Tuesday, June 19, 2012
A third nest abandoned in the span of one week--one with three near naked fledglings tossed aside to the red barn's floor, another across the yard with a solitary egg tucked inside. And then this morning, I water plants to find a third untended nest on the front porch baker's rack.
Surely we hadn't spent too much time swinging near her new home, not with summer raging, sending us all inside before noon. Even our hunter cats prefer the activity of children on the carport, not this dull, far away nook.
So why? Why invest this much of herself to just leave it all behind?
There were hours, even days of painstaking labor, of searching, finding, and carrying back a single stick per flight, like trying to move a beach one piece of sand at a time.
Yet, imbued with this God-given instinct to build, she did, knowing nothing more but the clutch of eggs in her belly and what her Creator set in her heart to do.
Late this afternoon as the sun began to creep down into her dark nest, I went back just to make sure the mother hadn't been out for morning tea with crickets and fresh rainwater.
No. All four brown-stippled white promises huddled together, touching, tucked tightly away in brittle shells still exposed.
So much in life is like this, the starting and not finishing.
We pour days, years into people, responsibilities, promises. And then we awaken one day to just leave that nest unfinished, making others ask the same question of us--how could we just up and leave? quit?
Sometimes, the reason is justified. But all too often, we fail to follow through to the end when something is not turning out the way we anticipated; when the cold, wet, and rainy climate makes us more uncomfortable than we think we deserve to be; when the responsibility seems too much or interferes with something we'd rather do.
When the going gets tough, we spread our wings and try not to look back, afraid of the conviction that might come if we saw what we were leaving behind.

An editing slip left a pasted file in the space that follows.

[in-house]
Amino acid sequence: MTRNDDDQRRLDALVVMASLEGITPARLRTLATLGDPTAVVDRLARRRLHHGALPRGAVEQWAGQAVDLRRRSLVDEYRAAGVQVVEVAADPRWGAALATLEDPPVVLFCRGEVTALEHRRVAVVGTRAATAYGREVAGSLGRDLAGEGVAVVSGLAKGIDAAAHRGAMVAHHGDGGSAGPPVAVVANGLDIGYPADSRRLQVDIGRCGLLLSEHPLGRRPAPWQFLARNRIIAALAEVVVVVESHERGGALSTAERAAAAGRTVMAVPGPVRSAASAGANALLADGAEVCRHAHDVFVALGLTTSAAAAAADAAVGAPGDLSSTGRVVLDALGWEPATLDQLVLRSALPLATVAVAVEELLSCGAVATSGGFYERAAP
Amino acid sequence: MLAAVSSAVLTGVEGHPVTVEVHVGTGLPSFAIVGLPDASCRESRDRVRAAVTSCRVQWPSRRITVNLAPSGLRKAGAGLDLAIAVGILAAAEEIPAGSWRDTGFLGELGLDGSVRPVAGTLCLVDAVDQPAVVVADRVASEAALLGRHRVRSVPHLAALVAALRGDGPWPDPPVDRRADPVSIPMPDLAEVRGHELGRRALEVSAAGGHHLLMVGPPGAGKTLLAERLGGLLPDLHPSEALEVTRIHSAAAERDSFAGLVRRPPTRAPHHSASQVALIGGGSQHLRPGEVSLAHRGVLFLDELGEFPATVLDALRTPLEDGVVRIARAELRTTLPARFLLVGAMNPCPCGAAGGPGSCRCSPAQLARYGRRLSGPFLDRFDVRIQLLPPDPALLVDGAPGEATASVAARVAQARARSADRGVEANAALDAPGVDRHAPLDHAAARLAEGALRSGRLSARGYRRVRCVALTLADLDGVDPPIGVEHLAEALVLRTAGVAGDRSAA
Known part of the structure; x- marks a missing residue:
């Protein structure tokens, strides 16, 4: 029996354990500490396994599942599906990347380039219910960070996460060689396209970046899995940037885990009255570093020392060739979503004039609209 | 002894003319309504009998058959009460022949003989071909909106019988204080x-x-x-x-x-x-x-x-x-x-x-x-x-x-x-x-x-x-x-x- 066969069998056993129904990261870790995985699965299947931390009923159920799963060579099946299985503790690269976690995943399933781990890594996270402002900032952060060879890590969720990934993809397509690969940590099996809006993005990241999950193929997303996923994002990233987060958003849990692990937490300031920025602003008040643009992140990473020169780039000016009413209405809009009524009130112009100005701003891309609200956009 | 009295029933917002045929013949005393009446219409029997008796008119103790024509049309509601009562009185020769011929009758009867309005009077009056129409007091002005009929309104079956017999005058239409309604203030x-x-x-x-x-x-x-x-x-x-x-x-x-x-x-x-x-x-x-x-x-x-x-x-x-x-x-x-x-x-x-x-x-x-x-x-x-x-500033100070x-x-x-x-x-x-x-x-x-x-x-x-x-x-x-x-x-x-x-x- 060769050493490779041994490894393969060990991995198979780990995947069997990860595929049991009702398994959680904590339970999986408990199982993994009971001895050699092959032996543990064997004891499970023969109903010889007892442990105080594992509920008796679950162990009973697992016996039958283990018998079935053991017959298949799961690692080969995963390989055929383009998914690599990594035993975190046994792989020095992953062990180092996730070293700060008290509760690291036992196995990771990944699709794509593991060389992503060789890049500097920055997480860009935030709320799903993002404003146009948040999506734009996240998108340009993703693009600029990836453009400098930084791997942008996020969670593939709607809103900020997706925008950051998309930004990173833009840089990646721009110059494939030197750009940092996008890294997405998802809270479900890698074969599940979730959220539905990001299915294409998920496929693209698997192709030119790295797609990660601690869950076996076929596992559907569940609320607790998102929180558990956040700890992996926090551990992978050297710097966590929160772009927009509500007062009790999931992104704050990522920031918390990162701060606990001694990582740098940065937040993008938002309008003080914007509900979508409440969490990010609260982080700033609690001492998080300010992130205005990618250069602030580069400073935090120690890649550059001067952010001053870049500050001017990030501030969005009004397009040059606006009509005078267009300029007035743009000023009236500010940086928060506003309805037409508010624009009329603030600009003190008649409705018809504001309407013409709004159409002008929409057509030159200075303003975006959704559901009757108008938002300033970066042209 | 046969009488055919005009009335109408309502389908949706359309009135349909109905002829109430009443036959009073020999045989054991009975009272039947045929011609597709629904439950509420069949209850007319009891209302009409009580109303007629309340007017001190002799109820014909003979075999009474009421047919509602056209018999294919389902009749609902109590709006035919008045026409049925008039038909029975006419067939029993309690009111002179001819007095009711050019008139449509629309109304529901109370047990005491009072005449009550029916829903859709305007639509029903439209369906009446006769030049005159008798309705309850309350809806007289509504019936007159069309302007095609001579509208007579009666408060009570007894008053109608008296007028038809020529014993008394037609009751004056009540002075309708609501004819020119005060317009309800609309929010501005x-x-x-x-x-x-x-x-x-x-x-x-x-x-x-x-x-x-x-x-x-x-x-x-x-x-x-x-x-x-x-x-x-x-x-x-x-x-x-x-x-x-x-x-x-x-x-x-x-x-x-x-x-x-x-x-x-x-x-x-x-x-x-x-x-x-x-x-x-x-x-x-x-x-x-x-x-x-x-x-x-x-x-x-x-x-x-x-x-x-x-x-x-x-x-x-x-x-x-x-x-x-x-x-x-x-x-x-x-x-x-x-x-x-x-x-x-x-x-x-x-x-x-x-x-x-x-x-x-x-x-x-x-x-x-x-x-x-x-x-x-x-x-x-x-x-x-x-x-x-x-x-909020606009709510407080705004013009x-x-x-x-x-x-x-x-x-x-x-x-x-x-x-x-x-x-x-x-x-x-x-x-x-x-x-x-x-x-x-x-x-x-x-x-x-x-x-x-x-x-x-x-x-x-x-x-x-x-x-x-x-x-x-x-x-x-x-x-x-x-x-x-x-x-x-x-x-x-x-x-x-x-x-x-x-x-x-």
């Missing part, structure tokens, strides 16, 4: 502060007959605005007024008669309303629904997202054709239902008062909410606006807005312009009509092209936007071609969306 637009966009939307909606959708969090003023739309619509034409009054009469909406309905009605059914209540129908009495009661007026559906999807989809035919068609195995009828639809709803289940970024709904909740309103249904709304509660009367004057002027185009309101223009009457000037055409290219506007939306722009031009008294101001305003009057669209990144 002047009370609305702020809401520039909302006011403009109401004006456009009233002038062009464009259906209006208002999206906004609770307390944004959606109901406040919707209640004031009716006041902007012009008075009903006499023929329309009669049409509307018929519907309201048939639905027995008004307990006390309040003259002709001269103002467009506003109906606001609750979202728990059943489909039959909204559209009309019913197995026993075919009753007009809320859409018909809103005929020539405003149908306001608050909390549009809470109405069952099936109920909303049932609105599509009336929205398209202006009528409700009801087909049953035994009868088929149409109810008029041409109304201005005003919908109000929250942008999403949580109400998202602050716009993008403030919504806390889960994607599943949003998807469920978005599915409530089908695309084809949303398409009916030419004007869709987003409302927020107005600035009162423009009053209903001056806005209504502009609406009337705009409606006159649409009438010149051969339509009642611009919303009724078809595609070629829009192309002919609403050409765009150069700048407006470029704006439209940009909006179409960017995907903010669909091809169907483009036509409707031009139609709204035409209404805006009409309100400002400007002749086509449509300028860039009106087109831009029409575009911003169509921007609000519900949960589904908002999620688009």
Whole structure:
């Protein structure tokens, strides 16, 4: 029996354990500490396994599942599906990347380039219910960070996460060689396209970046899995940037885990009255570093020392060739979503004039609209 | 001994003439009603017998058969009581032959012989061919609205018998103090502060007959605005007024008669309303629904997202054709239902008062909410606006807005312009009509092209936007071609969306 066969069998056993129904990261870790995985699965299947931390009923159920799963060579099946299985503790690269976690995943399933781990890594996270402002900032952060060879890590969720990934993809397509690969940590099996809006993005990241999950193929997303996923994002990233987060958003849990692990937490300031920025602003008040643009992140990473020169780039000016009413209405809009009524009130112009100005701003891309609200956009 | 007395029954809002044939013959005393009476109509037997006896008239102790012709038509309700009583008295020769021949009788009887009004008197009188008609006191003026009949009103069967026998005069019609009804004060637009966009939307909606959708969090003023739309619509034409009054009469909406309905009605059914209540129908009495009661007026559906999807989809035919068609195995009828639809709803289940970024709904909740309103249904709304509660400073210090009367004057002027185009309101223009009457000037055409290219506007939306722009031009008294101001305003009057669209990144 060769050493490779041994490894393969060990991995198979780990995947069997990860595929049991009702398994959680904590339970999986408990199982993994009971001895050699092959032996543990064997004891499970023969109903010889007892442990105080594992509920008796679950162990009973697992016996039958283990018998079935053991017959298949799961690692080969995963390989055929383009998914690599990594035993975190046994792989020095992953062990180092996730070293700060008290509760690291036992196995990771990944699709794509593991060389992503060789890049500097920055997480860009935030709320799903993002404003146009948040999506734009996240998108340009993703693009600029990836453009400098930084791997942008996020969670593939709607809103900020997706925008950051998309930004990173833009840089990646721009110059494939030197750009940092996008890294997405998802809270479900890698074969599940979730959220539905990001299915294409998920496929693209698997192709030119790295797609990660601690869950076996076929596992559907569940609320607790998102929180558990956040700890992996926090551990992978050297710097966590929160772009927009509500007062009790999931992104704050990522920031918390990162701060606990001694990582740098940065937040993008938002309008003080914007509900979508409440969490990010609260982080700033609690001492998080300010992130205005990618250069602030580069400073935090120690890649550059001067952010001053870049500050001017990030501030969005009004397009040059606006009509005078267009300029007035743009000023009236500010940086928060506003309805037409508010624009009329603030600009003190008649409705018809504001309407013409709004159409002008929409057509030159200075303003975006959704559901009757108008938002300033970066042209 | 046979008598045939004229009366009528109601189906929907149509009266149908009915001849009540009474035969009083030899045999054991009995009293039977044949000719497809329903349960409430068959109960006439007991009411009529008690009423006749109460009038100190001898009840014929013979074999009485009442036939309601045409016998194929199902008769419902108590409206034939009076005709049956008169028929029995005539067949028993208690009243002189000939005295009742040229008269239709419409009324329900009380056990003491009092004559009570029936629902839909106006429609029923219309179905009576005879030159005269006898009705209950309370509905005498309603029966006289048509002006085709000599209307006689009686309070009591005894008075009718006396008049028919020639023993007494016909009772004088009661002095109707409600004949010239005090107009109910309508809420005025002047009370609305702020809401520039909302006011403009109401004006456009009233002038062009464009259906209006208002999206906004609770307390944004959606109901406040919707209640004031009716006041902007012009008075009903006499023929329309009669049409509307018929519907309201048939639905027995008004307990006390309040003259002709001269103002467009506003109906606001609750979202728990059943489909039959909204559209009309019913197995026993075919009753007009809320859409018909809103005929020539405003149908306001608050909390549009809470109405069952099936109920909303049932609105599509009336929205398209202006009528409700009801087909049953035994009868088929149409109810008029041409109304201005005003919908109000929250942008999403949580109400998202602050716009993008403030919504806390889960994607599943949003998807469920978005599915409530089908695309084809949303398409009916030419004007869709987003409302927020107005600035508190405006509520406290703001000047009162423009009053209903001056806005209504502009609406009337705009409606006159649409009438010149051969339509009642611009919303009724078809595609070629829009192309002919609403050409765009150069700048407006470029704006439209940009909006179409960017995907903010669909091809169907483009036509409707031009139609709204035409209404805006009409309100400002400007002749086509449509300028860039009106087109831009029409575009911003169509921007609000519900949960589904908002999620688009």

I don't want to be one who breaks her promises, one who is flippant about her commitments, who thinks service should be a pot-hole-free path, who leaves others in a lurch just because I prefer the easy, carefree path soaring above versus being tethered below to my responsibilities.
And there it is, what I've been struggling with for the past couple of weeks--the burden of responsibility.
What to do when a responsibility becomes a burden? When a service, a ministry done in Christ's name is difficult and overwhelming? When others' refusal to commit, to take on a responsibility leaves a yoke unfilled in my hands.
Too many want to be Mary, sitting at Christ's feet. But what they don't realize I want to be her, too. Plus, Martha gets a bad rap as the one Jesus chastened. Honestly, who would want to be her?
But there's a balance here. I can't just fly off and sit at Jesus' feet all the time when He has called me to be His hands and feet.
I know it's oversimplifying the story and who Mary was, but I can't just be a sitting Mary. There's a time to serve the master and a time to sit at the master's feet. And I must acquire the wisdom to tell the difference.
After working on this post, I walk out front to encourage my gutter-hanging husband to hang it up and call it a night. White nightgown fluttering around bare feet, I move down the concrete porch to the nest, drawn, I guess, by the need to check just one more time, just once more.
I gaze into the dark hole. This time, country white pearls don't gleam in the lamplight. This time, the darkness moves, flutters, and I gasp, hurriedly step away.
In the cool of evening, she has come home, freedom in the heat of day re-tethered to her responsibility in the coolness of night.
This little one knows already what I am struggling to grasp--the wisdom to know what time it is.
at 9:56 AM